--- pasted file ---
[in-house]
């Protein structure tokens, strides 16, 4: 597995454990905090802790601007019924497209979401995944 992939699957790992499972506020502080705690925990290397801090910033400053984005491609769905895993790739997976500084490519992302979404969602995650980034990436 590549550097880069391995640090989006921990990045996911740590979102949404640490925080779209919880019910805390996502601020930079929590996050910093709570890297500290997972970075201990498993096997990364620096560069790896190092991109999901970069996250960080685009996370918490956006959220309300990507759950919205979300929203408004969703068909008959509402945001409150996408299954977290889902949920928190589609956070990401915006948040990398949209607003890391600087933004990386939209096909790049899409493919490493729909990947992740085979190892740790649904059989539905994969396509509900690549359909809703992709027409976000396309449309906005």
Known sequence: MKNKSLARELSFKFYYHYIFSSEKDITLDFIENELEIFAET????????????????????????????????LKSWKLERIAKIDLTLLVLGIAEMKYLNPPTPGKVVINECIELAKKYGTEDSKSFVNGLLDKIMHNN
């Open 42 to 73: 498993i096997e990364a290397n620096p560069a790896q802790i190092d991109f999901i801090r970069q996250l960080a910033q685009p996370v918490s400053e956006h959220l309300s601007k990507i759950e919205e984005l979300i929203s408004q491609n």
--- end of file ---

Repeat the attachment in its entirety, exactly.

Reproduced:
[in-house]
């Protein structure tokens, strides 16, 4: 597995454990905090802790601007019924497209979401995944 992939699957790992499972506020502080705690925990290397801090910033400053984005491609769905895993790739997976500084490519992302979404969602995650980034990436 590549550097880069391995640090989006921990990045996911740590979102949404640490925080779209919880019910805390996502601020930079929590996050910093709570890297500290997972970075201990498993096997990364620096560069790896190092991109999901970069996250960080685009996370918490956006959220309300990507759950919205979300929203408004969703068909008959509402945001409150996408299954977290889902949920928190589609956070990401915006948040990398949209607003890391600087933004990386939209096909790049899409493919490493729909990947992740085979190892740790649904059989539905994969396509509900690549359909809703992709027409976000396309449309906005």
Known sequence: MKNKSLARELSFKFYYHYIFSSEKDITLDFIENELEIFAET????????????????????????????????LKSWKLERIAKIDLTLLVLGIAEMKYLNPPTPGKVVINECIELAKKYGTEDSKSFVNGLLDKIMHNN
């Open 42 to 73: 498993i096997e990364a290397n620096p560069a790896q802790i190092d991109f999901i801090r970069q996250l960080a910033q685009p996370v918490s400053e956006h959220l309300s601007k990507i759950e919205e984005l979300i929203s408004q491609n």